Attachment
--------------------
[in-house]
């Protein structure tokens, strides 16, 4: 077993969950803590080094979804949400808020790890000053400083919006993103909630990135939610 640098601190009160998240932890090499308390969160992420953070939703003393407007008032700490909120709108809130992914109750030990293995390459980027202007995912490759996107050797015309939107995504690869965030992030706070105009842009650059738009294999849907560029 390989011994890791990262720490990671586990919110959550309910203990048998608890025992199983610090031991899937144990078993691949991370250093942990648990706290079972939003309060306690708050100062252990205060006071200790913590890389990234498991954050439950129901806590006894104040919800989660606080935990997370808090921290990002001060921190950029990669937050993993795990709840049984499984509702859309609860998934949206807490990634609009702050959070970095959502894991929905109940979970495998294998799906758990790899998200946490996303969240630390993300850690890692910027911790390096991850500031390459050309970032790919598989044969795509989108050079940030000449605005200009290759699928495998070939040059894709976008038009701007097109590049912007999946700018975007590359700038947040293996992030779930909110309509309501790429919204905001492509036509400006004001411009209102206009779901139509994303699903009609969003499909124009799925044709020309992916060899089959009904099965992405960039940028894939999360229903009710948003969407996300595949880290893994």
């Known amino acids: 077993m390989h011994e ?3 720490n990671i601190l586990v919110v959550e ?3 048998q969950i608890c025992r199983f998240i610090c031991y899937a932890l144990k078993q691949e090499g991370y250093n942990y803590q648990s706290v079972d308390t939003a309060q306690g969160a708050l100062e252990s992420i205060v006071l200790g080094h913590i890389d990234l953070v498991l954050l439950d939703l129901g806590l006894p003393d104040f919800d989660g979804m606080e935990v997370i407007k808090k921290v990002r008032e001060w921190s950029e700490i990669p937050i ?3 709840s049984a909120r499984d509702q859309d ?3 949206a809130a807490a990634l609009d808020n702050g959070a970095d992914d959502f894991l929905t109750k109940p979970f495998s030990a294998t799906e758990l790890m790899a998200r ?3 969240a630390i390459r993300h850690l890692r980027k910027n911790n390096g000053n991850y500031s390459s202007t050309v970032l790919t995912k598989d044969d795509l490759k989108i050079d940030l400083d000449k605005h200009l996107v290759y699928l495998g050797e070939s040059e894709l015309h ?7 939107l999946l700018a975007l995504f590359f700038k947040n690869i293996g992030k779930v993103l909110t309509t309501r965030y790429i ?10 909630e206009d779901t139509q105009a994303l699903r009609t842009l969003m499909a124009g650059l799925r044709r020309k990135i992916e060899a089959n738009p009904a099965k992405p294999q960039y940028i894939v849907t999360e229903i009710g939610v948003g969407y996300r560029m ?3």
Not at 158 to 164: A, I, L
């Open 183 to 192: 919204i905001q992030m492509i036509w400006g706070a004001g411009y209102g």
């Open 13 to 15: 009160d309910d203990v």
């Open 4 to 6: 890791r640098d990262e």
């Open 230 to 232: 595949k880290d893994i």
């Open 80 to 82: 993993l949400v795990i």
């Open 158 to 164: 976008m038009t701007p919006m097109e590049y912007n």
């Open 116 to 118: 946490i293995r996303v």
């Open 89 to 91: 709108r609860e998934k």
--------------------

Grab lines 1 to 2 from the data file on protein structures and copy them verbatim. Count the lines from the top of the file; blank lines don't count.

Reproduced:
[in-house]
């Protein structure tokens, strides 16, 4: 077993969950803590080094979804949400808020790890000053400083919006993103909630990135939610 640098601190009160998240932890090499308390969160992420953070939703003393407007008032700490909120709108809130992914109750030990293995390459980027202007995912490759996107050797015309939107995504690869965030992030706070105009842009650059738009294999849907560029 390989011994890791990262720490990671586990919110959550309910203990048998608890025992199983610090031991899937144990078993691949991370250093942990648990706290079972939003309060306690708050100062252990205060006071200790913590890389990234498991954050439950129901806590006894104040919800989660606080935990997370808090921290990002001060921190950029990669937050993993795990709840049984499984509702859309609860998934949206807490990634609009702050959070970095959502894991929905109940979970495998294998799906758990790899998200946490996303969240630390993300850690890692910027911790390096991850500031390459050309970032790919598989044969795509989108050079940030000449605005200009290759699928495998070939040059894709976008038009701007097109590049912007999946700018975007590359700038947040293996992030779930909110309509309501790429919204905001492509036509400006004001411009209102206009779901139509994303699903009609969003499909124009799925044709020309992916060899089959009904099965992405960039940028894939999360229903009710948003969407996300595949880290893994």